The active minimisation of harmonic enclosed sound fields, with particular application to propeller induced cabin noise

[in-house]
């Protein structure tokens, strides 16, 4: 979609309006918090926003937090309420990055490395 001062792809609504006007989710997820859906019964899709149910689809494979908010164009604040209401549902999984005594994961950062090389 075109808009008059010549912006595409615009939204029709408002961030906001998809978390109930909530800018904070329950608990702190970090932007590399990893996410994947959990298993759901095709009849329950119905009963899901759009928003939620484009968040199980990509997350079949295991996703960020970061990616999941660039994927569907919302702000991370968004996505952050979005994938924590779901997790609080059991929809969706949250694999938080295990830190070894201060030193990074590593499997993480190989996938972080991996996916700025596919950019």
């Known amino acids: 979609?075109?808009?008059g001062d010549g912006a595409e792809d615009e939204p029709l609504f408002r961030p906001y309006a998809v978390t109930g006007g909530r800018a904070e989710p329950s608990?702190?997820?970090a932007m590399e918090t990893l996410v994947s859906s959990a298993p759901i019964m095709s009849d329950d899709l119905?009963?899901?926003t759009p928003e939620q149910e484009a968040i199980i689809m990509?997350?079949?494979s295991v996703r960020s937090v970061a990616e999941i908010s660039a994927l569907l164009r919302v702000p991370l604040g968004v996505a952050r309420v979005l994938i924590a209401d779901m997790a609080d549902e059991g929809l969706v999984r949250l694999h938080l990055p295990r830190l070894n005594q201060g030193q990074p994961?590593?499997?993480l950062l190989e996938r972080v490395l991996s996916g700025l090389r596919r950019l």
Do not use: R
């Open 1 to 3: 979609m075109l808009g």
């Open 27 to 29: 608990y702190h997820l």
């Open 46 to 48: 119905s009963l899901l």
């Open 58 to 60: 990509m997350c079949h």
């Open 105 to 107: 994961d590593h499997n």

This work considers the use of secondary acoustic sources for the reduction of noise levels in harmonically excited enclosed sound fields. This possibility is studied initially through the use of an analytical model of a single frequency `two-dimensional' rectangular, enclosed sound field of low modal density. Quadratic optimisation theory is used to predict the effectiveness of these active techniques for reducing sound levels. It is shown that if one chooses to minimise the total acoustic potential energy of the sound field then substantial global reductions in sound pressure may be achieved. The conditions required to achieve these reductions are discussed, and in particular the effect of secondary source location is demonstrated. The unsuitability of this as a practical control system cost function is discussed, and as an alternative it is suggested that one can minimise the sum of the squared pressures over a number of discrete sensors. Both theoretical and experimental results from using this cost function are presented. These show good agreement. The importance of both secondary source and error sensor locations is discussed. The reduction of low frequency propeller induced cabin noise is a possible application of active noise control. Simplified analytical models of the structural and internal acoustic response of a 48 seat, twin turboprop passenger aircraft are presented. These consist of the structural response of an isotropic, thin cylindrical shell of finite length and the acoustic response of the enclosed cyclindrical sound field. It is shown that, provided the external acoustic pressure forcing of the shell is modelled representatively of measured propeller pressure fields, then these simple models provide results which demonstrate good agreement with measured data, at least for frequencies encompassing the first two propeller blade passenger harmonics (88 Hz and 176 Hz). These models are used to predict the effectiveness of active noise control when it is applied to reduce the average sound pressure level over a typical seated head height plane in the passenger cabin. Results for the first two blade passage harmonics are presented for systems consisting of up to 24 secondary sources and 48 error sensors. In general the predictions suggest that active noise control shows promise as a potential method of reducing low frequency propeller induced cabin noise.